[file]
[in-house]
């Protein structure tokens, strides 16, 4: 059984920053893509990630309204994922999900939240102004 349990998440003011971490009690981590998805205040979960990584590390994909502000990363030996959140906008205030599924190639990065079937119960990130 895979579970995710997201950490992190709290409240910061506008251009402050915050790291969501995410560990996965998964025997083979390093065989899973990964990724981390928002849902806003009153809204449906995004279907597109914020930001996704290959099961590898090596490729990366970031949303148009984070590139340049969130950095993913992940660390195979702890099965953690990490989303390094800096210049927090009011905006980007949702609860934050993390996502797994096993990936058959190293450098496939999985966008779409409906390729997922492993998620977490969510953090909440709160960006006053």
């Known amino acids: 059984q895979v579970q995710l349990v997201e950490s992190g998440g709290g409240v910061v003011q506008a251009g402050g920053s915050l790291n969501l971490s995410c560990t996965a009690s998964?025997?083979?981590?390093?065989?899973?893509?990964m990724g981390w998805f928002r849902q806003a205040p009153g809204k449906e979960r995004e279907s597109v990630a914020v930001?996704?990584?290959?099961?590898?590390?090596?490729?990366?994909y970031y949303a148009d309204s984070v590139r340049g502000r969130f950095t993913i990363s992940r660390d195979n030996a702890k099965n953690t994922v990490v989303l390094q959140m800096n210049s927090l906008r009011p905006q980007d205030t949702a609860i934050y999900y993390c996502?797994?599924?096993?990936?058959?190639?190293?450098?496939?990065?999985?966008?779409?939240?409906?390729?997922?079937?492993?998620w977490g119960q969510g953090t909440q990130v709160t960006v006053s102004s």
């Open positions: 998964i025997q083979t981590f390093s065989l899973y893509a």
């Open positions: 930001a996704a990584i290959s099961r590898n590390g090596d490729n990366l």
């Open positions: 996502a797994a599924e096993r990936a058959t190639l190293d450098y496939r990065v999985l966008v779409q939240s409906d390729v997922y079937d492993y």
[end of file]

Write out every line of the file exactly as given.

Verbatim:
[in-house]
């Protein structure tokens, strides 16, 4: 059984920053893509990630309204994922999900939240102004 349990998440003011971490009690981590998805205040979960990584590390994909502000990363030996959140906008205030599924190639990065079937119960990130 895979579970995710997201950490992190709290409240910061506008251009402050915050790291969501995410560990996965998964025997083979390093065989899973990964990724981390928002849902806003009153809204449906995004279907597109914020930001996704290959099961590898090596490729990366970031949303148009984070590139340049969130950095993913992940660390195979702890099965953690990490989303390094800096210049927090009011905006980007949702609860934050993390996502797994096993990936058959190293450098496939999985966008779409409906390729997922492993998620977490969510953090909440709160960006006053």
């Known amino acids: 059984q895979v579970q995710l349990v997201e950490s992190g998440g709290g409240v910061v003011q506008a251009g402050g920053s915050l790291n969501l971490s995410c560990t996965a009690s998964?025997?083979?981590?390093?065989?899973?893509?990964m990724g981390w998805f928002r849902q806003a205040p009153g809204k449906e979960r995004e279907s597109v990630a914020v930001?996704?990584?290959?099961?590898?590390?090596?490729?990366?994909y970031y949303a148009d309204s984070v590139r340049g502000r969130f950095t993913i990363s992940r660390d195979n030996a702890k099965n953690t994922v990490v989303l390094q959140m800096n210049s927090l906008r009011p905006q980007d205030t949702a609860i934050y999900y993390c996502?797994?599924?096993?990936?058959?190639?190293?450098?496939?990065?999985?966008?779409?939240?409906?390729?997922?079937?492993?998620w977490g119960q969510g953090t909440q990130v709160t960006v006053s102004s």
């Open positions: 998964i025997q083979t981590f390093s065989l899973y893509a």
């Open positions: 930001a996704a990584i290959s099961r590898n590390g090596d490729n990366l």
């Open positions: 996502a797994a599924e096993r990936a058959t190639l190293d450098y496939r990065v999985l966008v779409q939240s409906d390729v997922y079937d492993y």